You tried everything.
When you had trouble with insomnia the other night, it seemed like nothing would lull you back to sleep. Warm milk tasted bad. That previously boring book on your bedside table suddenly turned intriguing. Even infomercials held your interest, so you started counting sheep.
Then you got to wondering ... why sheep? Why not count cows or dogs? Is it because sheep are, well, like sheep?
Submitted Photo - - At 263 pages, “Sheepish” by Catherine Friend retails for $16.
Submitted Photo - - The Bookworm is Terri Schlichenmeyer. Terri has been reading since she was 3 years old and she never goes anywhere without a book. She lives on a hill in Wisconsin with two dogs and thousands of books.
Author Catherine Friend wondered that herself because she has a flock of them on her Minnesota farm, and in her new book "Sheepish," she writes of the good and the ba-a-a-ad, the wild and the wooly.
Though her grandmother raised them on a Montana ranch, Catherine Friend had little experience with sheep that is, until her partner, Melissa, wistfully admitted her dream of owning a farm and raising the critters.
And thus it came to pass that Catherine had a little lamb.
Fifteen years later, Friend has transformed from City Girl to Backup Farmer. The metamorphosis hasn't necessarily been gentle-as-a-lamb, but Friend now appreciates her flock.
Ovines have a long history in North America, she writes. Sheep were shipped to the New World in 1609 and within 60 years, there were more than 100,000 sheep on our shores. English lawmakers tried to outlaw the sale of wool, but colonists managed to outwit the Brits and wool-gathering became patriotic.
Sheep "show up everywhere in our language," Friend said. They're good for supper, of course, but it's their wool that she fell in love with.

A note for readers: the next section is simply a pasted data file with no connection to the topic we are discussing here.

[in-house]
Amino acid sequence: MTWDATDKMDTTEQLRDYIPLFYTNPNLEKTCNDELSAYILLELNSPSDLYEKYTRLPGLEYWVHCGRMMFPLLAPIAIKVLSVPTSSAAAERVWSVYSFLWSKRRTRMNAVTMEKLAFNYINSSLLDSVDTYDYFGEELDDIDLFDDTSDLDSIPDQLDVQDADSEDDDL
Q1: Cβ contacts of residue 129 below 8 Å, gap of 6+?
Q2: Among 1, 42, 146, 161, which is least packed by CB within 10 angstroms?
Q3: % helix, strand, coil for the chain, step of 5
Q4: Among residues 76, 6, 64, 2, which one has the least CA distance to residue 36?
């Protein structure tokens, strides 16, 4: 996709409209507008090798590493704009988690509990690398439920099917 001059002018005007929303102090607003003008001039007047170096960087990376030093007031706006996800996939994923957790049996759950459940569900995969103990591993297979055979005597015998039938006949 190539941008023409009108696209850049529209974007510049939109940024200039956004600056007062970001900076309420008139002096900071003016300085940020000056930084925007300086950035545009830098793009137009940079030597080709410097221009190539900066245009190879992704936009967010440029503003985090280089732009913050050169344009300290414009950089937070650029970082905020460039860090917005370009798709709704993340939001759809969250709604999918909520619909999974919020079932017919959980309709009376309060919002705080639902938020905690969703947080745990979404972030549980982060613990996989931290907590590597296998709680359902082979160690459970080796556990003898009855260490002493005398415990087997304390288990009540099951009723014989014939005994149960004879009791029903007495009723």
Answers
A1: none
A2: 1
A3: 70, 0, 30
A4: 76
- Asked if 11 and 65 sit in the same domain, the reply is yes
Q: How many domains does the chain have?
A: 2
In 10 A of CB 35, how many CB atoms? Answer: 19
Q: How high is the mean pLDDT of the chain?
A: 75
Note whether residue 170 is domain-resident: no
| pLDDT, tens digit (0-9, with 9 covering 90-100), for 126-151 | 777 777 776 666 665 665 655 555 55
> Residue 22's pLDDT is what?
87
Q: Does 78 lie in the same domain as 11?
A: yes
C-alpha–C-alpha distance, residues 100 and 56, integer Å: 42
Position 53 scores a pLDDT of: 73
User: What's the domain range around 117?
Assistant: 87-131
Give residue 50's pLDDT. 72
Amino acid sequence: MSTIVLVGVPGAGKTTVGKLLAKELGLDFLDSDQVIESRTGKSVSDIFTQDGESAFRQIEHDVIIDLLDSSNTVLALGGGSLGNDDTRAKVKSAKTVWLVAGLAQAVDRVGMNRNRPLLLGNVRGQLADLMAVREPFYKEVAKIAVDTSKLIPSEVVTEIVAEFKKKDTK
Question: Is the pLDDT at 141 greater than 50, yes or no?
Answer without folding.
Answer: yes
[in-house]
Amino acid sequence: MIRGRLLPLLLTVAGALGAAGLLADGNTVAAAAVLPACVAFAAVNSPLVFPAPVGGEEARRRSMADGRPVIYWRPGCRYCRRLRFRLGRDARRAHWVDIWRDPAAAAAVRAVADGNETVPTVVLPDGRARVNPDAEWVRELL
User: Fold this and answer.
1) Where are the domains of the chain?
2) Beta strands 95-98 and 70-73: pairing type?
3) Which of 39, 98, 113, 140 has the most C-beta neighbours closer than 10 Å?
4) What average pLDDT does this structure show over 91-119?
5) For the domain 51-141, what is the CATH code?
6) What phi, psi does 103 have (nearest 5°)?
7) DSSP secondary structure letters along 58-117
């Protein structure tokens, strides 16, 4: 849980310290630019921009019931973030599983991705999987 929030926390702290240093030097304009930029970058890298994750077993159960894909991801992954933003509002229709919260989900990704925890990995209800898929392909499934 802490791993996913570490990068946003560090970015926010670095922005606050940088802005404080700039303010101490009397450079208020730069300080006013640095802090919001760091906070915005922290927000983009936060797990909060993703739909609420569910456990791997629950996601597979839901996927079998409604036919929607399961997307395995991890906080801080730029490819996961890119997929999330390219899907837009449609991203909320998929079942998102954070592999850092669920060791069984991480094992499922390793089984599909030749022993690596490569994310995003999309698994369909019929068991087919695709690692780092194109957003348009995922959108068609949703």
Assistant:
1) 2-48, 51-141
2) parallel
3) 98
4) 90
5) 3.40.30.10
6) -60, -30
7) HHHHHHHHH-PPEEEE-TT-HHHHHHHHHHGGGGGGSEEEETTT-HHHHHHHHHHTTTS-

Because of the price of fleece, she said, many farmers shear their sheep and throw the wool away. Most small operations won't get rich on their wool, but Friend discovered the rich colors of wool dyes. Although she first makes fun of "fiber freaks" (knitters who bleat rhapsodically about wool fibers), she couldn't wait to see what "her sheep" produced.
But life on the farm isn't always laid back. Where there's livestock, "there's dead stock," said Friend.
Animals, like humans, don't always do what you want them to do. They're never born at convenient times, and sometimes they get sick. When these things happen, even Backup Farmers do their best for their animals even if it means giving those animals up.
Imagine a serene pasture filled with contented (nameless) sheep. Then imagine a reluctant shepherdess at the helm. Add in llamas, cats and dogs, chickens and a peacock, frisky calves, knitters and Elvis, and you've got a good yarn called "Sheepish."
Friend gives her readers a sense of the bucolic. She lulls us into total serenity with her poetic descriptions of her flock ... and then she knocks us upside the funnybone with asides that are dyed-in-the-wool hilarious. In between, Friend has a way of bringing tears to our eyes before she pulls us back to the funny farm.
If a taste of the country is what you crave this summer, if you're a farmer or a wanna-be, a knitter, or just love a wooly tale, here's a book you'll enjoy. "Sheepish" is perfect for you.